Shoulder problems can be felt in your neck, and neck problems can radiate down to your shoulder. So how do you know where your pain is coming from? Determining the source of your pain will help get you the best results for recovery.
OrthoIndy spine surgeon, Dr. Kevin O’Neill discusses causes, symptoms and conditions of neck and shoulder injuries and explains how to tell which body part is actually injured.
Can shoulder problems cause neck pain?
Pain in your shoulder can be differentiated from pain in your neck by where the pain initially radiates from in your body.
“In the simplest cases, pain caused by moving the shoulder is likely from a shoulder injury and pain caused by neck movement is from a neck injury,” Dr. O’Neill said.
The muscles and ligaments attaching the shoulder to the spine often are the culprit for pain radiating from one place to another. If the nerves in your neck get irritated, pain and even sometimes numbness and tingling, can radiate down to your shoulder.
“Many cases are not this straightforward,” said Dr. O’Neill. “The most effective way to get a correct diagnosis is to see a specialist who treats both the spine and shoulder.”
Could my shoulder pain be coming from my neck?
Symptoms will vary depending on the condition or injury. Common neck pain symptoms include:
- Stiff neck
- Sharp pain
- General soreness
- Decreased ability to move your head
- Muscle tightness and spasms and your neck
Common shoulder pain symptoms include:
- Sudden shoulder swelling
- Weakness or numbness in the arm or hand
- Dull shoulder aches
- Sharp pain under your shoulder blade
- Pain radiating from your neck to your shoulder blade
Why does my shoulder and neck hurt?
There are several conditions that affect both your neck and shoulder.
“There are a few conditions in the neck that commonly cause shoulder pain,” Dr. O’Neill said. “Compression or irritation of the nerves coming out the neck will often cause pain to radiate to the shoulder.”
When your nerves are irritated, numbness and tingling can also occur in your arm and there can also be weakness in your shoulder muscles.
If you directly injure, sprain or strain any muscle connecting your shoulder to your spine, it will cause pain in your neck and shoulder.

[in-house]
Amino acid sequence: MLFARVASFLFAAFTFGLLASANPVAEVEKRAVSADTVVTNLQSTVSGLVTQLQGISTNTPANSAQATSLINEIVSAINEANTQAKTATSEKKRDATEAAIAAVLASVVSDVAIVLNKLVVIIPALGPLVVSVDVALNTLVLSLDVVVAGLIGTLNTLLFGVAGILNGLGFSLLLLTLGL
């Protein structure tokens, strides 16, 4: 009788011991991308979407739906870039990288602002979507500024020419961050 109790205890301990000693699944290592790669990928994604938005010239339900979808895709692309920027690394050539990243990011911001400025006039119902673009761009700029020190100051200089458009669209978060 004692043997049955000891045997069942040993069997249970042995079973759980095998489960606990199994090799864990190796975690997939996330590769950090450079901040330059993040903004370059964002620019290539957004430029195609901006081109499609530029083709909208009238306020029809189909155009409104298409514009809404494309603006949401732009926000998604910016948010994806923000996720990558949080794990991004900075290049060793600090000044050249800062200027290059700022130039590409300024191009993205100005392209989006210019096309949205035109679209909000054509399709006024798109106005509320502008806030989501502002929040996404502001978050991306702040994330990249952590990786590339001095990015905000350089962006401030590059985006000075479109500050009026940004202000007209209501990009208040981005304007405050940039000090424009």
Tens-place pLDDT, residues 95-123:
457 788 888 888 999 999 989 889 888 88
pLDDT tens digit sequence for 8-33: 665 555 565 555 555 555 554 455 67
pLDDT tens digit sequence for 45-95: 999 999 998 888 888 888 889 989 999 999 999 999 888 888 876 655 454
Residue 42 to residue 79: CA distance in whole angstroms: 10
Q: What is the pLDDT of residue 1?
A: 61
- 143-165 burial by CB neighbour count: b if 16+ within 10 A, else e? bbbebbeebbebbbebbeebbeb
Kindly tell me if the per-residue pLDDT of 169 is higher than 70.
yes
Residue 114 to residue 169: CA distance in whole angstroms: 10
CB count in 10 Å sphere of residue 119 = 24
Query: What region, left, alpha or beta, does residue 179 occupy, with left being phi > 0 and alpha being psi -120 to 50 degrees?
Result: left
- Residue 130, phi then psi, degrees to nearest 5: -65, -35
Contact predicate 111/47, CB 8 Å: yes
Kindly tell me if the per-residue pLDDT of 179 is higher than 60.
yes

“The most common condition that would affect both the shoulder and neck is arthritis,” Dr. O’Neill said.
The neck and shoulders are two very common places for arthritis. If you have arthritis in both joints, pain can radiate through both at the same time.
To determine whether you have neck or shoulder arthritis, your physician will ask you for a complete medical history, have you describe your symptoms and conduct a physical examination. An X-ray or MRI may be necessary to confirm the diagnosis and determine if there are other problems.
What is the best treatment for neck and shoulder pain?
Neck and shoulder pain can cause pain that hinders you from daily life. There are some home remedies to help relieve the pain you are feeling in your shoulder or neck.
- Keep your glasses prescription up to date. Sometimes, when your glasses are old, you tilt your head to see better.
- Don’t use too many pillows. Your neck’s range of motion may repress your neck’s range of motion.
- Over the counter pain medication
- Get a massage
- Change your ergonomics. Put your computer at eye level, prop up any tablet you use on a pillow and use hands-free functions on your phone to keep your neck and shoulders at the correct angle.
When should I see a doctor for shoulder and neck pain?
“Many patients treat their neck or shoulder pain with over the counter medications along with resting and avoiding activities that aggravate the pain,” Dr. O’Neill said.
If your neck or shoulder pain persists after conservative treatment, Dr. O’Neill suggests getting it checked by a professional at OrthoIndy who is trained in both spine and shoulder conditions.
To schedule an appointment with Dr. O’Neill, please call 317.802.2429 or learn more about OrthoIndy Spine and Dr. O’Neill.
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